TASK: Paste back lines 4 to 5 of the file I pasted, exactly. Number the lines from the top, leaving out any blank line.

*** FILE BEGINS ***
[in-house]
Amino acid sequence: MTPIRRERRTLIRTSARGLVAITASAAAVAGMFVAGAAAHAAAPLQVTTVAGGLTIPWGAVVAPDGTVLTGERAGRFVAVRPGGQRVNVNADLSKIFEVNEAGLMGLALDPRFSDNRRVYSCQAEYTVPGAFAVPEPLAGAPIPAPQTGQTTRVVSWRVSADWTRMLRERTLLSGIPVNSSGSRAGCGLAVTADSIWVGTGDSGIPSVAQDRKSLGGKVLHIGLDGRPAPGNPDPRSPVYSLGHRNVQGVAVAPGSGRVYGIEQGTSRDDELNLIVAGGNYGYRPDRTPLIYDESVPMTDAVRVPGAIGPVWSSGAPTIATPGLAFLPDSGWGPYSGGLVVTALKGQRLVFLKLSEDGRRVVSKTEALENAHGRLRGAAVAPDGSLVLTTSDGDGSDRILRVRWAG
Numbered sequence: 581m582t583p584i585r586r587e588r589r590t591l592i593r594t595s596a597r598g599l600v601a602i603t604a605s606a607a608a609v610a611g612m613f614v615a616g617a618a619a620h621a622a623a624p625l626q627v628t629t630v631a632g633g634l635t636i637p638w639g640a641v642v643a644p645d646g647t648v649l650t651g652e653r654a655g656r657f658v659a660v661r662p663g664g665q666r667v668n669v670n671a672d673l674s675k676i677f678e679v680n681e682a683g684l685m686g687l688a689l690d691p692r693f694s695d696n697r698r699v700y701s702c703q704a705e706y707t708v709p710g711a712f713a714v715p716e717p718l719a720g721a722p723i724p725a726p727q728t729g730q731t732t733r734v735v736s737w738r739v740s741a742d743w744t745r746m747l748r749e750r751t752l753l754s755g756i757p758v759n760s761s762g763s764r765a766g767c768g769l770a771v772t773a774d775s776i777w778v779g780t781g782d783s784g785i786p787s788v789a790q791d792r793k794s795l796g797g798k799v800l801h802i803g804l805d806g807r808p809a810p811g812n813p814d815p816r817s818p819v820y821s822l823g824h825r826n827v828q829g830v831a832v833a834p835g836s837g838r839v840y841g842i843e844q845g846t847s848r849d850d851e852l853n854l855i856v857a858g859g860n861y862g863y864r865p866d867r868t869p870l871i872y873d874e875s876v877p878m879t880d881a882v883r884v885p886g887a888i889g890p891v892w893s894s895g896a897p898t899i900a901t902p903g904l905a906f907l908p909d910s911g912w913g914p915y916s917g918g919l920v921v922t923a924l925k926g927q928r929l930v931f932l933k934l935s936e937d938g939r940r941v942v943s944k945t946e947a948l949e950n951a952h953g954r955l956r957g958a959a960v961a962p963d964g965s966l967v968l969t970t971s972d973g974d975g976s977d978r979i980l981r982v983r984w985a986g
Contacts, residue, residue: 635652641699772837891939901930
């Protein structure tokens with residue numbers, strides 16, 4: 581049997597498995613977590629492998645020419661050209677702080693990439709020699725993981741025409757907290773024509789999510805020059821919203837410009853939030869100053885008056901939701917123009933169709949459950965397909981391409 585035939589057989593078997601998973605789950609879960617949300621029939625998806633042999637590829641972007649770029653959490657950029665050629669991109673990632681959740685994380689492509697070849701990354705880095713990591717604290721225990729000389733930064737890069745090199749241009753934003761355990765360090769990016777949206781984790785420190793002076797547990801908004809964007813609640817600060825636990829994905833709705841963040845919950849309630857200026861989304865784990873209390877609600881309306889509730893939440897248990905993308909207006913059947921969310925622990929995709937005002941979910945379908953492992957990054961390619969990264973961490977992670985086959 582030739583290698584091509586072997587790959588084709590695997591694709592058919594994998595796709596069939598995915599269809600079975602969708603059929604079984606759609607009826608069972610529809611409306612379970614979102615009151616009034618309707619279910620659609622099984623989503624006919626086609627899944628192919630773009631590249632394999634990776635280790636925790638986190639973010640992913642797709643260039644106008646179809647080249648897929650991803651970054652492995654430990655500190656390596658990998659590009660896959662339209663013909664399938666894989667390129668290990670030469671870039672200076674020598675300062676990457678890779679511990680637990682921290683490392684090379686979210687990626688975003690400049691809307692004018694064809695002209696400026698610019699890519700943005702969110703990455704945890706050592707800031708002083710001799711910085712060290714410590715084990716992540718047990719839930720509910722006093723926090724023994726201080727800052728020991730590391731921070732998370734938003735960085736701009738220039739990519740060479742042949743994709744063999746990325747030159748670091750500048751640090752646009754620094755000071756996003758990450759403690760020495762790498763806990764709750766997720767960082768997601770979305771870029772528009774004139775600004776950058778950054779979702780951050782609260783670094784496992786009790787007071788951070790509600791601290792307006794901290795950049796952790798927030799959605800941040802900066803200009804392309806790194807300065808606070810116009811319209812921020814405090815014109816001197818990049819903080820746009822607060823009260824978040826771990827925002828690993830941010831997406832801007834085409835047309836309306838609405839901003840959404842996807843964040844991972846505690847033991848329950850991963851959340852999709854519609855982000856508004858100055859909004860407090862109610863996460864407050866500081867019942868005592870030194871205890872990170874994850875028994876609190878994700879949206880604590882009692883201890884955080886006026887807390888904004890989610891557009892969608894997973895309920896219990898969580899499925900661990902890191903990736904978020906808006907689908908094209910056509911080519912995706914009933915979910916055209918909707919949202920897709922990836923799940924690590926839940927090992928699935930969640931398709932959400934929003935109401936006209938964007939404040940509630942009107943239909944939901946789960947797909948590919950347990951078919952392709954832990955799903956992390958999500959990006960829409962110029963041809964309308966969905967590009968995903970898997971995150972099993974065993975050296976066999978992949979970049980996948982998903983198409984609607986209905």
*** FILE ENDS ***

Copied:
Contacts, residue, residue: 635652641699772837891939901930
């Protein structure tokens with residue numbers, strides 16, 4: 581049997597498995613977590629492998645020419661050209677702080693990439709020699725993981741025409757907290773024509789999510805020059821919203837410009853939030869100053885008056901939701917123009933169709949459950965397909981391409 585035939589057989593078997601998973605789950609879960617949300621029939625998806633042999637590829641972007649770029653959490657950029665050629669991109673990632681959740685994380689492509697070849701990354705880095713990591717604290721225990729000389733930064737890069745090199749241009753934003761355990765360090769990016777949206781984790785420190793002076797547990801908004809964007813609640817600060825636990829994905833709705841963040845919950849309630857200026861989304865784990873209390877609600881309306889509730893939440897248990905993308909207006913059947921969310925622990929995709937005002941979910945379908953492992957990054961390619969990264973961490977992670985086959 582030739583290698584091509586072997587790959588084709590695997591694709592058919594994998595796709596069939598995915599269809600079975602969708603059929604079984606759609607009826608069972610529809611409306612379970614979102615009151616009034618309707619279910620659609622099984623989503624006919626086609627899944628192919630773009631590249632394999634990776635280790636925790638986190639973010640992913642797709643260039644106008646179809647080249648897929650991803651970054652492995654430990655500190656390596658990998659590009660896959662339209663013909664399938666894989667390129668290990670030469671870039672200076674020598675300062676990457678890779679511990680637990682921290683490392684090379686979210687990626688975003690400049691809307692004018694064809695002209696400026698610019699890519700943005702969110703990455704945890706050592707800031708002083710001799711910085712060290714410590715084990716992540718047990719839930720509910722006093723926090724023994726201080727800052728020991730590391731921070732998370734938003735960085736701009738220039739990519740060479742042949743994709744063999746990325747030159748670091750500048751640090752646009754620094755000071756996003758990450759403690760020495762790498763806990764709750766997720767960082768997601770979305771870029772528009774004139775600004776950058778950054779979702780951050782609260783670094784496992786009790787007071788951070790509600791601290792307006794901290795950049796952790798927030799959605800941040802900066803200009804392309806790194807300065808606070810116009811319209812921020814405090815014109816001197818990049819903080820746009822607060823009260824978040826771990827925002828690993830941010831997406832801007834085409835047309836309306838609405839901003840959404842996807843964040844991972846505690847033991848329950850991963851959340852999709854519609855982000856508004858100055859909004860407090862109610863996460864407050866500081867019942868005592870030194871205890872990170874994850875028994876609190878994700879949206880604590882009692883201890884955080886006026887807390888904004890989610891557009892969608894997973895309920896219990898969580899499925900661990902890191903990736904978020906808006907689908908094209910056509911080519912995706914009933915979910916055209918909707919949202920897709922990836923799940924690590926839940927090992928699935930969640931398709932959400934929003935109401936006209938964007939404040940509630942009107943239909944939901946789960947797909948590919950347990951078919952392709954832990955799903956992390958999500959990006960829409962110029963041809964309308966969905967590009968995903970898997971995150972099993974065993975050296976066999978992949979970049980996948982998903983198409984609607986209905």